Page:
Three years on, the BMC's footpath improvement project is still in a limbo and has been further pushed into the ground, considering that the Brihanmumbai Municipal Corporation (BMC) last week, slashed 86 per cent of the total budget allocated for the project this financial year. Sadly, 65 to 70 per cent of the total 2,055km roads in Mumbai have pedestrian walkways or footpaths, majority of which need urgent attention.
Of the total Rs 50 crore allotted for the footpath improvement project this financial year, only Rs 7 crore will be available.
However, this is not the first time that the project, under the Mumbai civic body's ‘Pedestrian First’ policy has been hit by a cash crunch. Last year too, the BMC had diverted half of the budgeted Rs 100 crore for footpath repairs/ improvement to throw a lifeline to the struggling BEST undertaking.
Activists have always criticised the BMC for not having a proper policy for pedestrian walkways. "While the majority of roads have sidewalks on both sides, some of them have pavements only on one side of the road while some roads have no footpaths at all. Where there are footpaths, the space is encroached or they are in a bad shape, begging urgent repair. The height-width of footpaths are not uniform in any area across Mumbai. In some places there are sidewalks one foot wide, in others, eight to ten feet wide. In some places, the sidewalk has a strange slope. In some places, the sidewalks are too high. The channels of service utility companies have gone under the sidewalks. In some places, manholes of drainage channels are built on pavements. We had hoped all these things would be addressed under this project, but prospects seem bleak to me now," said Suhasini Rajdeep, a social activist from Mulund.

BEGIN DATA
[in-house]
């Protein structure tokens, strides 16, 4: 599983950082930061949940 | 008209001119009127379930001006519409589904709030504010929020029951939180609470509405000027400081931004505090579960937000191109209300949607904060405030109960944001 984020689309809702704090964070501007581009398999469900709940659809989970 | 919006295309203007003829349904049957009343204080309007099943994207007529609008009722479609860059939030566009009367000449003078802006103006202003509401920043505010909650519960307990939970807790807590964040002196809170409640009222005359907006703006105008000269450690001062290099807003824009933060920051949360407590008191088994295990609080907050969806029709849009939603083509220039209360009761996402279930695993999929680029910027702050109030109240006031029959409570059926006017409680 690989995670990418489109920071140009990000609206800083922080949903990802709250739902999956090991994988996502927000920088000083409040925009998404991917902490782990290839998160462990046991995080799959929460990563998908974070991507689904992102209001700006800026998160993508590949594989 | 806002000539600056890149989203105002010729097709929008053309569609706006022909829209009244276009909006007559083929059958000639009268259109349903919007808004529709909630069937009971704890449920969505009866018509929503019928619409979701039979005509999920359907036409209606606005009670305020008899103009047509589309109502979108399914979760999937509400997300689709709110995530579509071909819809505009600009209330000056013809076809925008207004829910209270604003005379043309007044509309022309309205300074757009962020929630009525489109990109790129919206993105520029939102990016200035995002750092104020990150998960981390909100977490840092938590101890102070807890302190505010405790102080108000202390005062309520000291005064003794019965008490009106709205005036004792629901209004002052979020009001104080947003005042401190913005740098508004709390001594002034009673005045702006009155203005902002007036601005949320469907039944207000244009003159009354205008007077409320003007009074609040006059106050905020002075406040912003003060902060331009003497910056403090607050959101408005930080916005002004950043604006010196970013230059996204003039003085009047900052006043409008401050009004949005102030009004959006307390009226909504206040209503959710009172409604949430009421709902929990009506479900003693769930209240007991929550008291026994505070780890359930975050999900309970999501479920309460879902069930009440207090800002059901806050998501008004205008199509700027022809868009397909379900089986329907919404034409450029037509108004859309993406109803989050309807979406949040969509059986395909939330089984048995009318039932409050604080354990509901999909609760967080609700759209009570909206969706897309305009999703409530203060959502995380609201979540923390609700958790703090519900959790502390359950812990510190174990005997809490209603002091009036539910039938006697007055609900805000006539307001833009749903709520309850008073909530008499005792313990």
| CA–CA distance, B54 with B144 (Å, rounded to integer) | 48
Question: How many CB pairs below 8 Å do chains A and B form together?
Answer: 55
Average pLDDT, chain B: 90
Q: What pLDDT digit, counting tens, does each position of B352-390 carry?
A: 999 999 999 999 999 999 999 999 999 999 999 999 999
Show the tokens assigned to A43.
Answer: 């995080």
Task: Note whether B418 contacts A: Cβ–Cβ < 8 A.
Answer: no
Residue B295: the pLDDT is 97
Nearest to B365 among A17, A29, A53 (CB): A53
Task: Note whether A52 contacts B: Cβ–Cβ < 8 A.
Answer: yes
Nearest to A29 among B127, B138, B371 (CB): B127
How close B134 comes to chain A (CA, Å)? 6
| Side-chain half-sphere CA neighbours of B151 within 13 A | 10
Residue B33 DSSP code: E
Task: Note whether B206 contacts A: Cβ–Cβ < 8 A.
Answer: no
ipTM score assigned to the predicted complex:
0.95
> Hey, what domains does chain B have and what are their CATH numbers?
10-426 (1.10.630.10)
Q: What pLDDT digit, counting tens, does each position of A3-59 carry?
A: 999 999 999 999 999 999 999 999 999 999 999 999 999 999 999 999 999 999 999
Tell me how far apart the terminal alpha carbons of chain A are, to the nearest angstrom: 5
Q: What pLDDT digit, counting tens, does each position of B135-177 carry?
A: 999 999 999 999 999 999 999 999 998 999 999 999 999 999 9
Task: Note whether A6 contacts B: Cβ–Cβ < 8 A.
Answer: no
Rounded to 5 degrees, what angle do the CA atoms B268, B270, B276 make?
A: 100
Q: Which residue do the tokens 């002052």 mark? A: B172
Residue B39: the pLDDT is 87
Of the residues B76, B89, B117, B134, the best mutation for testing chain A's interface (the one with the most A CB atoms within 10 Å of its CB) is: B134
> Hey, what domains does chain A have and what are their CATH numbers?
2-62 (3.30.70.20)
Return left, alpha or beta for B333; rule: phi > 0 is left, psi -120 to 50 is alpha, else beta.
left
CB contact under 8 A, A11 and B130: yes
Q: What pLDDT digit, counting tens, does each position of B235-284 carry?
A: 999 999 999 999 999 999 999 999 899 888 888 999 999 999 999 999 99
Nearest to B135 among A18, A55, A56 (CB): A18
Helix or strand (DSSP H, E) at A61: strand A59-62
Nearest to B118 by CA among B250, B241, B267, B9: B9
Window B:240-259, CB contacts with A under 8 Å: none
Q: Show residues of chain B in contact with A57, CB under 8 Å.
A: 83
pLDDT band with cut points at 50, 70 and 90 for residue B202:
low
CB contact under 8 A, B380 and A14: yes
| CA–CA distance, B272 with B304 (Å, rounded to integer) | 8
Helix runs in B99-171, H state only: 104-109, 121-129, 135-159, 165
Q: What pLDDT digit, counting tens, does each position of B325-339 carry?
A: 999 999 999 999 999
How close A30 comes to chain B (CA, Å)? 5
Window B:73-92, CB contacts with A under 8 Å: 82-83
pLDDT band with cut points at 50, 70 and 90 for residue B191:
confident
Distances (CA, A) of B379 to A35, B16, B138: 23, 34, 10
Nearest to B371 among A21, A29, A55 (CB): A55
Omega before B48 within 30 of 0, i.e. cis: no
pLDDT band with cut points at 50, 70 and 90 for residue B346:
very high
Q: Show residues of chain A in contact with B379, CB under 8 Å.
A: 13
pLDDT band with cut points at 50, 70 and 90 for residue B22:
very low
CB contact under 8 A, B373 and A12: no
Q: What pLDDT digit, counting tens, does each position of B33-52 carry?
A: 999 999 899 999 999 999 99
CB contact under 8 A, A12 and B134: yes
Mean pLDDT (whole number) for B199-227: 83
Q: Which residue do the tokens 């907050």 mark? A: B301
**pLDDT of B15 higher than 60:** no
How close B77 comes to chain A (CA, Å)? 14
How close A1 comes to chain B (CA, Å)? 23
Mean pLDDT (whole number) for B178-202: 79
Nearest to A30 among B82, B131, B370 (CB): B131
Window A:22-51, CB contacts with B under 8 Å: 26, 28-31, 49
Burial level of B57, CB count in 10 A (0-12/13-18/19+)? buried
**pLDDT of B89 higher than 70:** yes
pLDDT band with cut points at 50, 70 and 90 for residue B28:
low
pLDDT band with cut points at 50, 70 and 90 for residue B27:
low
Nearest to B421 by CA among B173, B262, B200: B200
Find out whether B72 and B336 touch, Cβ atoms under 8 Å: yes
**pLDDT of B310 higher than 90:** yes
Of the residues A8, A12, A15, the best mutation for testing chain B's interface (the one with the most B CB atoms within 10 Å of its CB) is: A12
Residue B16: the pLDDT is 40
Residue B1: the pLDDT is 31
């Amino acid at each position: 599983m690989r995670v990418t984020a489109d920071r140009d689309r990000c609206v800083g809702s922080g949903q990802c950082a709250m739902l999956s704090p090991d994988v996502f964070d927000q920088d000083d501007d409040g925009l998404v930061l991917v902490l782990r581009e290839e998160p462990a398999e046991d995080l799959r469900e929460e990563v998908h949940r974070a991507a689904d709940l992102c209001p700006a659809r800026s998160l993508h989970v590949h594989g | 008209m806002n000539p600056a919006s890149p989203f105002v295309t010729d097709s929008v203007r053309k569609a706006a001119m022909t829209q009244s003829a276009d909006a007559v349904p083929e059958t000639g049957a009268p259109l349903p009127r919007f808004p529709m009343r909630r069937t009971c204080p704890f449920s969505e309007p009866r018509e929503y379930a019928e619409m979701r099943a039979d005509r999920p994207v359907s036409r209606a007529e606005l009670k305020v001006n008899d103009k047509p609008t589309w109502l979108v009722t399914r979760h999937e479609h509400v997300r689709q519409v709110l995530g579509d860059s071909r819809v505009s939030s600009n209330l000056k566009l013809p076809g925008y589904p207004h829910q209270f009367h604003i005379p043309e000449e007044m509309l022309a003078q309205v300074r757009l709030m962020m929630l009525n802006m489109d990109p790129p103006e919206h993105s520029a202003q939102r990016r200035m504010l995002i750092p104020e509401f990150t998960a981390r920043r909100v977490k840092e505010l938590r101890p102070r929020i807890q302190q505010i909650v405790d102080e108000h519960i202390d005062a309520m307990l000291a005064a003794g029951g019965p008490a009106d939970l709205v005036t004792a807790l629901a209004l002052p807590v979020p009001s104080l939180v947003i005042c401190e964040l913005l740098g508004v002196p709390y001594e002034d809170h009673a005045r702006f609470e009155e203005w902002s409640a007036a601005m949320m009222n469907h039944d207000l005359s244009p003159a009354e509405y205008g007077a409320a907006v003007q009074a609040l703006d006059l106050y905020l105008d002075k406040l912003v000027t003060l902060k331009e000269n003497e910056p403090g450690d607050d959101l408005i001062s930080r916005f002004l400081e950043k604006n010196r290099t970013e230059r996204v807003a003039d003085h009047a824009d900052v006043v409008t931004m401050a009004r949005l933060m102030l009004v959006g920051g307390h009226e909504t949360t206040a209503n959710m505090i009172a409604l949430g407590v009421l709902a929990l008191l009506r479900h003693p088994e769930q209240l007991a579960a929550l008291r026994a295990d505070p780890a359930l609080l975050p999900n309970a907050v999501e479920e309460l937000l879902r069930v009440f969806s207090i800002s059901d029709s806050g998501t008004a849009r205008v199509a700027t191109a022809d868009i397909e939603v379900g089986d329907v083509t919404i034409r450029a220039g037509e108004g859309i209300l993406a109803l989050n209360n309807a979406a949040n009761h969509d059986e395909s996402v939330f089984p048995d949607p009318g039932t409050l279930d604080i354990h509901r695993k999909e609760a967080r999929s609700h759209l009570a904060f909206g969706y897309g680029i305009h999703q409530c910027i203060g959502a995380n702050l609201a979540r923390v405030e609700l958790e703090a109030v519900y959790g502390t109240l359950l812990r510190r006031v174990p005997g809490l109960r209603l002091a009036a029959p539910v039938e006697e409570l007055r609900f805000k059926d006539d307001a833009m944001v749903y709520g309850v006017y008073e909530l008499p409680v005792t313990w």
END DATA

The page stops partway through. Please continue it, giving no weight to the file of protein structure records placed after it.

The sidewalks have become unsafe due to various reasons -- by getting pitted in the rainy season every year, paver blocks popping out and injuring pedestrians, encroachment by peddlers etc. With this in mind, former Municipal Commissioner Ajoy Mehta had formulated the 'Pedestrian First' policy in 2017, to ensure uniform design of sidewalks across Mumbai. The policy provides for a 1.80 metre wide space for pedestrians. It was forbidden to put a roof or panel on the pavement at a height of 2.20 metres. The civic body intended to replace paver blocks with concrete, saying concrete was longer lasting and could not be dislodged easily. Last year, for the first time,it had created a separate spending head for footpaths, only to divert half of those funds to the BEST.
"It is true that funds budgeted towards the project were cut twice. However, this doesn't mean the policy will not be implemented. We will work out ways to implement it. Currently, we have other major issues before us, we need to address them first. While we are all fighting the pandemic on one hand and have utilised all possible resources to ensure the safety of Mumbaikars, on the other, we have to address the issue of revenue shortfall too. Decisions taken by the civic body are all in the interest of the citizens," said a senior BMC official.